Carlyle Group Inc. is retreating from bets on US consumer brands as the firm reorganizes its private equity business in the country around core sectors such as financial services and technology.

The alternative asset manager is dismantling its US consumer, media and retail investing team, according to people familiar with the matter. Carlyle also asked four dealmakers focused on those bets to leave in the past week, saying these investments are no longer central to its buyout strategy, one of the people said.

Carlyle’s private equity business will now focus its US strategy around health care, government services, industrials, technology and financial services.

The changes were “necessary to position our platform and team for the future,” especially given “increasingly challenging investment trends” in the US consumer sector, Americas Corporate Private Equity co-heads Sandra Horbach and Brian Bernasek said in a memo to employees last week.

The US consumer team invested in brands including skateboard and street wear business Supreme and headphone maker Beats Electronics, with a growing portfolio that gave the firm new cultural cachet. Still, Carlyle’s investments in buzzy companies that targeted a younger demographic spurred debate at a Washington firm better known for bets on chemicals, industrials and government contractors.

The decision to pull back from US consumer bets will result in job changes or eliminations for almost a dozen staff, the people said. While some will shift to other teams, others will remain to oversee existing consumer, retail and media investments. The firm will continue to make such investments in Europe and Asia.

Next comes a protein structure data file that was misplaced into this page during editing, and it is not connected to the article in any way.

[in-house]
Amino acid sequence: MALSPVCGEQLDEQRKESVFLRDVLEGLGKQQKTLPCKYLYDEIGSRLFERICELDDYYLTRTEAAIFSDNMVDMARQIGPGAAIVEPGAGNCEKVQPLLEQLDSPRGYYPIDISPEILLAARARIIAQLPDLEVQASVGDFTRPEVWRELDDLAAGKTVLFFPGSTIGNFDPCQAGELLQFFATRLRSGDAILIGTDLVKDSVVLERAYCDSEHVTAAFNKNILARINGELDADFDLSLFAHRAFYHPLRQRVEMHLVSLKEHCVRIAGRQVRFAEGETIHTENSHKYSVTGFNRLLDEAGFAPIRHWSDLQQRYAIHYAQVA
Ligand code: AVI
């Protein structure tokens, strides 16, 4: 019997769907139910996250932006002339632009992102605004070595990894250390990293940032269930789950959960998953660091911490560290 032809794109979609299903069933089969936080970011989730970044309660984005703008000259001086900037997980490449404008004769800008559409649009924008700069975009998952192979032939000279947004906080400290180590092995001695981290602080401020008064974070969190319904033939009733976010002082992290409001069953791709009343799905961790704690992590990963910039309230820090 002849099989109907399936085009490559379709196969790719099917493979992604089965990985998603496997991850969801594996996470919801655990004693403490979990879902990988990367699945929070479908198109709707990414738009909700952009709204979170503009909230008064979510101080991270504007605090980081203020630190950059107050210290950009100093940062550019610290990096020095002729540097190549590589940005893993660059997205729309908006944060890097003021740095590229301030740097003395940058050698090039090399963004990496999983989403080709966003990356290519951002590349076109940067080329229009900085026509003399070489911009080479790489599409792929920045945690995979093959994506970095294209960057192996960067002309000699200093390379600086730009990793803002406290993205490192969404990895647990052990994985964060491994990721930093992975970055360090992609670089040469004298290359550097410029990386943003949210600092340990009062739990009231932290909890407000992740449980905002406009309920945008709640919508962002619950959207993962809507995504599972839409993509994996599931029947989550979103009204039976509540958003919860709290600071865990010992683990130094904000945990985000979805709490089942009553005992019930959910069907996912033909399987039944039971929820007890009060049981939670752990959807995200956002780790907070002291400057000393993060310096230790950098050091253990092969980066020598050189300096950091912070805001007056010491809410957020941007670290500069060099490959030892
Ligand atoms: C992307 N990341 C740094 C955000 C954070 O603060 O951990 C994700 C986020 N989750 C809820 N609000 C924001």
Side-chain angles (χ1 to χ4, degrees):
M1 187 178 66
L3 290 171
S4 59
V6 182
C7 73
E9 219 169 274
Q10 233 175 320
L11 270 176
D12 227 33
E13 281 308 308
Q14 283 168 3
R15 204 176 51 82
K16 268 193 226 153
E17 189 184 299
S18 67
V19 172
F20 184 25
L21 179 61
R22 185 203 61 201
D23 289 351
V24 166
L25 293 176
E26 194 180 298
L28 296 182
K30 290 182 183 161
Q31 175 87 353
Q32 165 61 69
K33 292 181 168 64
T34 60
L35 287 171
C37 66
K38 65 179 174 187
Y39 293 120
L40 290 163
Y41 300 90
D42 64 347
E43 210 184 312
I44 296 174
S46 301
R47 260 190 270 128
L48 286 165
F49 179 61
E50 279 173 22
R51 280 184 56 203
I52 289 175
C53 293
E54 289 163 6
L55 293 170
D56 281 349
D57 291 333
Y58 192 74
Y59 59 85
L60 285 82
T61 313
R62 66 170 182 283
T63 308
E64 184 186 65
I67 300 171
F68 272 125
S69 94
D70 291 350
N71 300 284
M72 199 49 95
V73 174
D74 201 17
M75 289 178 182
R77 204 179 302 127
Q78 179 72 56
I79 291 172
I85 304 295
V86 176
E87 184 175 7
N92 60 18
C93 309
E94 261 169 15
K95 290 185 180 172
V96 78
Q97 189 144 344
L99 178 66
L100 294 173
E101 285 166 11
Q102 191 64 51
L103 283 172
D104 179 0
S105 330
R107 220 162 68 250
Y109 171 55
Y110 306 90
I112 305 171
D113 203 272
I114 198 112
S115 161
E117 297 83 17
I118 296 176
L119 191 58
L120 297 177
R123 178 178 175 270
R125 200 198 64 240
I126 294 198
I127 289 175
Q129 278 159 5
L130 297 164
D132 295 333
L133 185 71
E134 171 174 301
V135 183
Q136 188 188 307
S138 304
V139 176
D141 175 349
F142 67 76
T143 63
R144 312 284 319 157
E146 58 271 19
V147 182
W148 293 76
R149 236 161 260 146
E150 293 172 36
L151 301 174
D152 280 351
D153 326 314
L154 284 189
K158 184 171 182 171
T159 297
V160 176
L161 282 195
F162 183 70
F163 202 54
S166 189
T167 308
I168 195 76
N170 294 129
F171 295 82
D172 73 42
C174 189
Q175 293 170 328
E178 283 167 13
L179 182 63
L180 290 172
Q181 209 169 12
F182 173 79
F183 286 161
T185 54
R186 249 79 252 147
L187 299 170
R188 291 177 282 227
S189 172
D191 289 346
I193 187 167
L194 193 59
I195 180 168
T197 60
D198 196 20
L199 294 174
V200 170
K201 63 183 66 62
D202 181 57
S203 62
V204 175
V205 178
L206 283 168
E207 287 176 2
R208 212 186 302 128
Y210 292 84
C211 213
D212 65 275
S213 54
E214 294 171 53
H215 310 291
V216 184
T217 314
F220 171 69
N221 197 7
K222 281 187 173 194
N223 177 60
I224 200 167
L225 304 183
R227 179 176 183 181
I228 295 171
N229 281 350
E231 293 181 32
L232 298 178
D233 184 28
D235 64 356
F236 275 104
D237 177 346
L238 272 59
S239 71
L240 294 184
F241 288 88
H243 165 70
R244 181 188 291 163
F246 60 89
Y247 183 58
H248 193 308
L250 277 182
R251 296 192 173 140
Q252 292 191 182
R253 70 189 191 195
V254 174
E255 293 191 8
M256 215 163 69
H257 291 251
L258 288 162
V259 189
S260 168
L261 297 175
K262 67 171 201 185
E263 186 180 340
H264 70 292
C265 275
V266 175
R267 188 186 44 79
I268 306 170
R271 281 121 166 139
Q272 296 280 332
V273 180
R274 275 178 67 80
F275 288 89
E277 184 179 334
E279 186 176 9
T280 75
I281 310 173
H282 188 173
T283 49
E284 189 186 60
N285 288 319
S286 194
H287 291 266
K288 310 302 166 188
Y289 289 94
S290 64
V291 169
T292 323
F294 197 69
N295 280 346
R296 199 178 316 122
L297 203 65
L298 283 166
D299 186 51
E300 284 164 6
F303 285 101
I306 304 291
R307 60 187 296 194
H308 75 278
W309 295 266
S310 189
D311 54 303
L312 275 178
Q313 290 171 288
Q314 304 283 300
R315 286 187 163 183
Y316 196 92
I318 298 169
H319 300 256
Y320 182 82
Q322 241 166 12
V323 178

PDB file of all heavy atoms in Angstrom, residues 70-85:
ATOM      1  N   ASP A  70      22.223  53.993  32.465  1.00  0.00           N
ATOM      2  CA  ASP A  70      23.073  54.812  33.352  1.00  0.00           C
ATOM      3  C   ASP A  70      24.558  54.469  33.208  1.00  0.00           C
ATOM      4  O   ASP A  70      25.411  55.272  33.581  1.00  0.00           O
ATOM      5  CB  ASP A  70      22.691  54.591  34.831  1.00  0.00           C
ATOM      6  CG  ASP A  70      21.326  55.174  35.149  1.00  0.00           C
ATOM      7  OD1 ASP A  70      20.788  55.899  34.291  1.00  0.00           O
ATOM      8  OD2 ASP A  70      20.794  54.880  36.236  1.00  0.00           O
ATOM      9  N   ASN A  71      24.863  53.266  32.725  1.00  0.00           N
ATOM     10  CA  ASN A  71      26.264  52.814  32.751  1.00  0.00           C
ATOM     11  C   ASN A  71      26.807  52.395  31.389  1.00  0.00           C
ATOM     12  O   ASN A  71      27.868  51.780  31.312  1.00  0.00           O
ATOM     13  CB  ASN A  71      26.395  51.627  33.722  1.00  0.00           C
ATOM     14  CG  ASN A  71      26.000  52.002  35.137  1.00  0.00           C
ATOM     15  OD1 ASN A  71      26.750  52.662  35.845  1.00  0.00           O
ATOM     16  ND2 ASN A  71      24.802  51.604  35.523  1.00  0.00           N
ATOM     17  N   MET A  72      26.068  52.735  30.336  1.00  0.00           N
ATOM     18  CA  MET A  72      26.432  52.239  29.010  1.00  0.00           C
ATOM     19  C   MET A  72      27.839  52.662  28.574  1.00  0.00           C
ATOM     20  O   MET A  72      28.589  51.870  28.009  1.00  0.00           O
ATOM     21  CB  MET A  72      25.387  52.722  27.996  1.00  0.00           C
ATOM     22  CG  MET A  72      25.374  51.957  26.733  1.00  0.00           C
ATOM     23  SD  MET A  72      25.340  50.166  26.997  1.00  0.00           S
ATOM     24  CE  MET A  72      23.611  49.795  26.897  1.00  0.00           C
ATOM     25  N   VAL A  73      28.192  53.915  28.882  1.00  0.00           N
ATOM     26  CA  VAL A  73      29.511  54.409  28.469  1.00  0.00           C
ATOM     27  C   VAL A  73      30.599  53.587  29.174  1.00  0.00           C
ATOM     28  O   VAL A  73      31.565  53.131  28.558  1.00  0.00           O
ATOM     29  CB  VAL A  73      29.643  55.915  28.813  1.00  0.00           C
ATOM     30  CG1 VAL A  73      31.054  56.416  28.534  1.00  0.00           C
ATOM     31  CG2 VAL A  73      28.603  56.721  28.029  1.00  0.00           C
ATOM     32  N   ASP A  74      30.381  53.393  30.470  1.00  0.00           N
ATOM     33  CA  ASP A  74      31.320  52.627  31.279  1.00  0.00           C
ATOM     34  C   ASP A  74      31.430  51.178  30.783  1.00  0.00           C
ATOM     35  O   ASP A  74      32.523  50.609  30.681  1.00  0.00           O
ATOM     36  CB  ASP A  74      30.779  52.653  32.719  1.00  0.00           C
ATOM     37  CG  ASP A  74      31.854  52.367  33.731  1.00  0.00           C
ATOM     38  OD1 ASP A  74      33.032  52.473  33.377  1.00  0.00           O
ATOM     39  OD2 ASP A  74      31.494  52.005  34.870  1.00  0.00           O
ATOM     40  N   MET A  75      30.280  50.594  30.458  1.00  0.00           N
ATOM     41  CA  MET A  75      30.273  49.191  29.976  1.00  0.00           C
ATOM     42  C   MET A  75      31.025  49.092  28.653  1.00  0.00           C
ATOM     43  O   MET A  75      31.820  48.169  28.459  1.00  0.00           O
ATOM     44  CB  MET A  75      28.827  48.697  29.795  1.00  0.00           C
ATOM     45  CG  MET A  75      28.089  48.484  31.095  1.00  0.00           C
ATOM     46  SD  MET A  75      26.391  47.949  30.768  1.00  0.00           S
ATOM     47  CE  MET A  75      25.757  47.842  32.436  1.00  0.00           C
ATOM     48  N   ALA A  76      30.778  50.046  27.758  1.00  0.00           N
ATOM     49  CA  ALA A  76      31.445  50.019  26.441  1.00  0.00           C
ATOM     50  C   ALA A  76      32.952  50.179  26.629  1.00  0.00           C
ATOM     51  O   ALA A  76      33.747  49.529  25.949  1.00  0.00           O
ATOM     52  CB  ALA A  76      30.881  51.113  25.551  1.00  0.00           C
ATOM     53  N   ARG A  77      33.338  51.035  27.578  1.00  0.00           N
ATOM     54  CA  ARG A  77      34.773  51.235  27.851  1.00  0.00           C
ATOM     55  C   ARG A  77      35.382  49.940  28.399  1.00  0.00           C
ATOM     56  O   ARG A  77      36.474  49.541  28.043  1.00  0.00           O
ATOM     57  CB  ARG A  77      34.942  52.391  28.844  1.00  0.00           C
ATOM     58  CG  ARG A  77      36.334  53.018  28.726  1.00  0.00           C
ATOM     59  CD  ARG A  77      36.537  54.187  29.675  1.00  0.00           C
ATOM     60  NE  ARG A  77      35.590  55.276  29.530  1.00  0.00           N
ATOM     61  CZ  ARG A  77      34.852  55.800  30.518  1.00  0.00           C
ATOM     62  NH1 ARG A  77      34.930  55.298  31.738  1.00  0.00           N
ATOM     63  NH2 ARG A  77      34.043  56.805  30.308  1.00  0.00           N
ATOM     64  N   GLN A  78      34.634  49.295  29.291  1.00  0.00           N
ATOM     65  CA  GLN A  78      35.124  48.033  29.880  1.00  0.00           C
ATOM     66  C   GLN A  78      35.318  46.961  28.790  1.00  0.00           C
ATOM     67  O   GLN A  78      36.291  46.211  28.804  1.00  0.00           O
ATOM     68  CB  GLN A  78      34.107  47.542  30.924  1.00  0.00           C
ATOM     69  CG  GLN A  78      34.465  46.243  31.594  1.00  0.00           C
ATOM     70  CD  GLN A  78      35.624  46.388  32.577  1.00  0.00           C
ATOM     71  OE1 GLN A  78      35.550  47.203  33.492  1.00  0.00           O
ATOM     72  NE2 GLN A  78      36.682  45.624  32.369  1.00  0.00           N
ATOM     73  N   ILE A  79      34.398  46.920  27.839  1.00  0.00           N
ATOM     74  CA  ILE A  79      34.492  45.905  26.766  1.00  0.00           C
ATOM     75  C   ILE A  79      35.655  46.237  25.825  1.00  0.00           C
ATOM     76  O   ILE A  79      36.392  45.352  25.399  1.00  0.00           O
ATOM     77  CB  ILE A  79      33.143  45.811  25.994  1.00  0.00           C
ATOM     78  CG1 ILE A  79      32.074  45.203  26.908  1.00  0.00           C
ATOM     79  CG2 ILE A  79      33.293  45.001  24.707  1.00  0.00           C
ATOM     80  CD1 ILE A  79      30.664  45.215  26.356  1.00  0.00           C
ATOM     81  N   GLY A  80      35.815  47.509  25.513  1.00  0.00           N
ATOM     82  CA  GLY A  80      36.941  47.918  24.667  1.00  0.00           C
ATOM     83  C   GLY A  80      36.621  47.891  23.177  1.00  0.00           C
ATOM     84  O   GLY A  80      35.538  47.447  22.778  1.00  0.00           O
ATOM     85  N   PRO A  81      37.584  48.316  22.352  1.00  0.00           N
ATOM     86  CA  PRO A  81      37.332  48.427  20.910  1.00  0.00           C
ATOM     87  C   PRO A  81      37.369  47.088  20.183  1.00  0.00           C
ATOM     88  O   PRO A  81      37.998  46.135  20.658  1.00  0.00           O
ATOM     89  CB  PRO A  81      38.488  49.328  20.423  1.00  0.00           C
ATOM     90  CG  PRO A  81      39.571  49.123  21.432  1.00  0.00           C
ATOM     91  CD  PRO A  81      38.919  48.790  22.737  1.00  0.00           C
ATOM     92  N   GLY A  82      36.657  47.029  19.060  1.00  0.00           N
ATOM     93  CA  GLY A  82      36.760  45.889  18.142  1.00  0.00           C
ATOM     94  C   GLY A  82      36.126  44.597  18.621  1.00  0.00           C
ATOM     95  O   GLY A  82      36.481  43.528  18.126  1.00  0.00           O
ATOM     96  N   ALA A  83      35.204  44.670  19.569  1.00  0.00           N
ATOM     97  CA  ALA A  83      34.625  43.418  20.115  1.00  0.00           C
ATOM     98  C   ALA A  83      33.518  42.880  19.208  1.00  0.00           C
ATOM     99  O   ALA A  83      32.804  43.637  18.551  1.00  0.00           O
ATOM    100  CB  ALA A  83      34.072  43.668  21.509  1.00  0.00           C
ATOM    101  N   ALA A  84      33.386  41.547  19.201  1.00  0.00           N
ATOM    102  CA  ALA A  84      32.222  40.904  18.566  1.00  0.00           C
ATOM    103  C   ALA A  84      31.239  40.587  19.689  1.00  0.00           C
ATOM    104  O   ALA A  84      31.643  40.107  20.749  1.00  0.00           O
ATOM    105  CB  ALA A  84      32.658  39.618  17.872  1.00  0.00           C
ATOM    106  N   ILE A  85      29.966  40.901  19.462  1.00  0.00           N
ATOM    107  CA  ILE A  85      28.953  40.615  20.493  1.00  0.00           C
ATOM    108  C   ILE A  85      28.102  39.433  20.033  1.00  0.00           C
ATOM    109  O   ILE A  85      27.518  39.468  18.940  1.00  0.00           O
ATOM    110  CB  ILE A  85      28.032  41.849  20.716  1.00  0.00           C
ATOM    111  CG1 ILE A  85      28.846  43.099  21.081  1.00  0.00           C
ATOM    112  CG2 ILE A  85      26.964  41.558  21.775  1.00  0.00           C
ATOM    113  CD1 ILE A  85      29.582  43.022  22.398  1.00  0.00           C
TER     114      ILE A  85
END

Carlyle told staff the change was designed to boost returns.

Chief Executive Officer Harvey Schwartz, who took over in February, is imposing more cost discipline as he aims to improve the firm’s stock price. Carlyle is undertaking a “line-by-line review” of its entire business, he told shareholders in August.

Schwartz, 59, has been soliciting feedback from investors and asked business heads to determine where they should cut costs and headcount. The firm announced its third major leadership change under his watch on Monday, tapping a new head of investor relations.

Downsizing the US buyout team will align the group’s headcount with the amount of money it has to put to work going forward, said people familiar with the firm’s thinking.

Carlyle struggled to reach its fundraising ambitions for buyouts. Its flagship fund had its final close in August at about two-thirds of the $22 billion it targeted, said a person familiar with the matter. Leadership shifts made some big institutions more reluctant to pony up money for flagship buyout strategies, the person said.

While looking to cut costs and boost investment performance, Carlyle faces a balancing act of demonstrating to investors that key dealmakers remain to manage their money.

The firm elevated two senior partners in roles overseeing investments in technology and financial services. Will McMullan, who has focused on health care bets, will co-head financial services alongside Jim Burr. This team invests in insurers, wealth managers and other financial institutions, and it has been one of the best-performing strategies. Meanwhile, Anna Tye, co-head of growth equity, will also lead technology alongside Patrick McCarter.  

--With assistance from Gillian Tan.

This article was provided by Bloomberg News.